Begining on December 17, as the final phase of preparation for Christmas, the Church recites or chants the O Antiphons preceding the Magnificat during Vespers of the Liturgy of the Hours.
The O Antiphons express the Church's longing and expectation for the Messiah, her startled wonderment at the fullness of grace which the Christ-Child is about to bestow on the world.
Their theme is the majesty of the Savior, His wisdom, His faithfulness and sanctity, His justice and mercy, His covenant with His chosen people, who in their ingratitude broke faith with Him. They are concerned with His power and love as King and Redeemer of the world, His relation to every soul as Emmanuel, God-with-us
The "O" Antiphons are the verses for the ancient hymn O Come, O Come Emmanuel.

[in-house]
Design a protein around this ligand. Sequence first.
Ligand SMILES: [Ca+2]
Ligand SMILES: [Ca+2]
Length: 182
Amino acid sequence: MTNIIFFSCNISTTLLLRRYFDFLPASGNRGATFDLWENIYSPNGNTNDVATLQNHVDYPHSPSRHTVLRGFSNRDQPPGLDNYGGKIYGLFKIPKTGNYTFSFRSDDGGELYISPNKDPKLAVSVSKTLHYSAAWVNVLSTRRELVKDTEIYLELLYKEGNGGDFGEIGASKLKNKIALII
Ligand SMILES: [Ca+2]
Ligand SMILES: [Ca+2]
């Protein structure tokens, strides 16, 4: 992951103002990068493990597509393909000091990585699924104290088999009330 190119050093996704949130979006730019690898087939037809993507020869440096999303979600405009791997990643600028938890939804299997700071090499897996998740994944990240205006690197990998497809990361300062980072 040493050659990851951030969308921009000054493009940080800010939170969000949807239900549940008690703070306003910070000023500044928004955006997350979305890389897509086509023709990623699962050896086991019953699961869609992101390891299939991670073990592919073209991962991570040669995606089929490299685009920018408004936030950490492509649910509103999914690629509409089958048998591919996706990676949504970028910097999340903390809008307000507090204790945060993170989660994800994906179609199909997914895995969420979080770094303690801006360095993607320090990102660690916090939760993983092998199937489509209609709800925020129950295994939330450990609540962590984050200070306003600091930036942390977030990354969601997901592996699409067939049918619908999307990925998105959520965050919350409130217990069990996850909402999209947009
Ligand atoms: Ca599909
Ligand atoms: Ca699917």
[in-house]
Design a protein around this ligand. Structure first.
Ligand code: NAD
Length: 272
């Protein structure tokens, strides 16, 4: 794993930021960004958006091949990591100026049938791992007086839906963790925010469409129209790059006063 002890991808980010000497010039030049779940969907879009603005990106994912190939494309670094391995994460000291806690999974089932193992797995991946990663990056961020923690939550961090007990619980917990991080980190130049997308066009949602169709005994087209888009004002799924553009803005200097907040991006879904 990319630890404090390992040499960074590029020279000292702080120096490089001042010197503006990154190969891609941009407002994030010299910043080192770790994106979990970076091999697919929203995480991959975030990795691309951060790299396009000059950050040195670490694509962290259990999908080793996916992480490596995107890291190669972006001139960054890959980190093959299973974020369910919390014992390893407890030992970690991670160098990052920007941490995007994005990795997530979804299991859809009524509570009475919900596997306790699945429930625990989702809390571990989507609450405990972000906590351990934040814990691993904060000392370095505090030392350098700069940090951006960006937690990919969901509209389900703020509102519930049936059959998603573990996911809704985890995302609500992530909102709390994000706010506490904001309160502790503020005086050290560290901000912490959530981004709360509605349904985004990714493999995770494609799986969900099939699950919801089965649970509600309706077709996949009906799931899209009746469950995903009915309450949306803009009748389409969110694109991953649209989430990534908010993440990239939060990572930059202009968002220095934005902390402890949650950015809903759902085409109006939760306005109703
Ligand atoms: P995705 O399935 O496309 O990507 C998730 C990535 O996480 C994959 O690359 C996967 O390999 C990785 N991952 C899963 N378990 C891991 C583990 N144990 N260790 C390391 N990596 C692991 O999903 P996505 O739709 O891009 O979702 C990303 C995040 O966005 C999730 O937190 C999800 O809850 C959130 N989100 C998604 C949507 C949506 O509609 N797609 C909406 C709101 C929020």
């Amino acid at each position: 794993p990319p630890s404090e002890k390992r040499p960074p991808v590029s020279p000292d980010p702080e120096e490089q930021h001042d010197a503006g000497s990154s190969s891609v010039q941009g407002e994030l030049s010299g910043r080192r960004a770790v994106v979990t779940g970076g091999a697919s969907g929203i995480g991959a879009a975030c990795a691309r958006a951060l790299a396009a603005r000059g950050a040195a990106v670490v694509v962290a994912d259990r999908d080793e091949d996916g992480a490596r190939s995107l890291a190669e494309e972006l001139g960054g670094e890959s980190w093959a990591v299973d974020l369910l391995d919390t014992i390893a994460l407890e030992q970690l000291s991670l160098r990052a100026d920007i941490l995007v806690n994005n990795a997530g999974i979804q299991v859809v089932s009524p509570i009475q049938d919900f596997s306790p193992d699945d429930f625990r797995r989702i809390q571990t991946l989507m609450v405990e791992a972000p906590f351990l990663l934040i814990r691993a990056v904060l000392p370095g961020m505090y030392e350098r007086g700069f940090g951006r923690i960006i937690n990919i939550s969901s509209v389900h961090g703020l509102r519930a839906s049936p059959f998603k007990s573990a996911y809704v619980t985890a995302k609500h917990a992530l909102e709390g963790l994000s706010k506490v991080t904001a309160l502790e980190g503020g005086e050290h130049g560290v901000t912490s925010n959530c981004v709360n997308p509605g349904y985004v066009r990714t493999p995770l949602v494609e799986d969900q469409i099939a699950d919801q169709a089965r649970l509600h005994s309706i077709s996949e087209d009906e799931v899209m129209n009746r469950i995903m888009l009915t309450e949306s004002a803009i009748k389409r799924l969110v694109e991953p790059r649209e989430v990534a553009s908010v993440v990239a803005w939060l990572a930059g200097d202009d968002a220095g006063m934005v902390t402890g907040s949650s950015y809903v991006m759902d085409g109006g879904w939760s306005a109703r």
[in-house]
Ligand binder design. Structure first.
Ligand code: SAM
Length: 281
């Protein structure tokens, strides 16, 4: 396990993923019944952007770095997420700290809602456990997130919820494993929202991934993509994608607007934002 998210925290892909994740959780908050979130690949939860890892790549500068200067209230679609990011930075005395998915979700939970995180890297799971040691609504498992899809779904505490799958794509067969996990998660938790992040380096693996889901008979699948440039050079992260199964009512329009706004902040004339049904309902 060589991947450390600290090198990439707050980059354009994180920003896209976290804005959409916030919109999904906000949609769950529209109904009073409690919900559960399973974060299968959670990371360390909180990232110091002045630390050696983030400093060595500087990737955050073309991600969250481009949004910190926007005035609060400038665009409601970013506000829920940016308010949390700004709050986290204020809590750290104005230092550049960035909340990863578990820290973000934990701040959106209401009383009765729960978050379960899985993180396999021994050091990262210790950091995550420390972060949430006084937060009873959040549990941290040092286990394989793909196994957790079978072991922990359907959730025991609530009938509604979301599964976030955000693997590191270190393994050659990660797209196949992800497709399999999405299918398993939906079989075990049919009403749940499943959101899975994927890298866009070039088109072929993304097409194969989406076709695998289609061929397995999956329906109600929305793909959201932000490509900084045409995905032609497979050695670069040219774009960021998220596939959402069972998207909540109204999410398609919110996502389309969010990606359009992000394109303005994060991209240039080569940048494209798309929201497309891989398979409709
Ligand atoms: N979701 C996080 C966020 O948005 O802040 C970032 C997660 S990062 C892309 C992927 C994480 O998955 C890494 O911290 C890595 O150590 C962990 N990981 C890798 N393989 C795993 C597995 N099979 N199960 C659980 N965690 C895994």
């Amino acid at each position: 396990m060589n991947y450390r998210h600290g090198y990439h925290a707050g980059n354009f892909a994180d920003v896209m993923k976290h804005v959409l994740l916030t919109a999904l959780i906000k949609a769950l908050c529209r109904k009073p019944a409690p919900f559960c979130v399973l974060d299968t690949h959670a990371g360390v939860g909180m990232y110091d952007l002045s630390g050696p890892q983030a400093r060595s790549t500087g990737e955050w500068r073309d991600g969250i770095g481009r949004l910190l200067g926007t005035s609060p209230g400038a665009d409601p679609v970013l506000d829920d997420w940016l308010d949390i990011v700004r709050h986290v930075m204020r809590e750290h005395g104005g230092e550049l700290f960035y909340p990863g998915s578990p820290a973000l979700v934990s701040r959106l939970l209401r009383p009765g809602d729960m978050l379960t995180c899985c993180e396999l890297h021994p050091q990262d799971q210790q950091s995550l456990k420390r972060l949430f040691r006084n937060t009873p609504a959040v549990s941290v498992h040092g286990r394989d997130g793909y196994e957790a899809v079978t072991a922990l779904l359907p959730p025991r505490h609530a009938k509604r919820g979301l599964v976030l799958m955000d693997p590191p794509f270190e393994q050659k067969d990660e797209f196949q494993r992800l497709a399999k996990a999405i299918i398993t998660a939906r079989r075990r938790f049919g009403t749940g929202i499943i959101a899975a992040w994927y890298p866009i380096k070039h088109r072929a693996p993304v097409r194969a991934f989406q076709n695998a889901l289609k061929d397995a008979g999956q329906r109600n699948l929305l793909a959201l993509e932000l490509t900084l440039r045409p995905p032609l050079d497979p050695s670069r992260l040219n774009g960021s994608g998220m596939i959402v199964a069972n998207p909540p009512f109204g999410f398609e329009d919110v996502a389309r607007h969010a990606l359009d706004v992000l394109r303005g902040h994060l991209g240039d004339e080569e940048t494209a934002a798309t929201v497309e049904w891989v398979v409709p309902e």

In the first, O Sapientia, we take a backward flight into the recesses of eternity to address Wisdom, the Word of God.
In the second, O Adonai, we have leaped from eternity to the time of Moses and the Law of Moses (about 1400 B.C.).
In the third, O Radix Jesse, we have come to the time when God was preparing the line of David (about 1100 B.C.).
In the fourth, O Clavis David, we have come to the year 1000.
In the fifth, O Oriens we see that the line of David is elevated so that the peoples may look on a rising star in the east,
and hence in the sixth, O Rex Gentium, we know that He is king of all the world of man.
This brings us to the evening before the vigil, and before coming to the town limits of Bethlehem, we salute Him with the last Great O, O Emmanuel, God-with-us !
These beautiful exclamations are part of the preparations we make for Christmas so I thought I'd add them here with the Advent Days.
'On Ya' - ma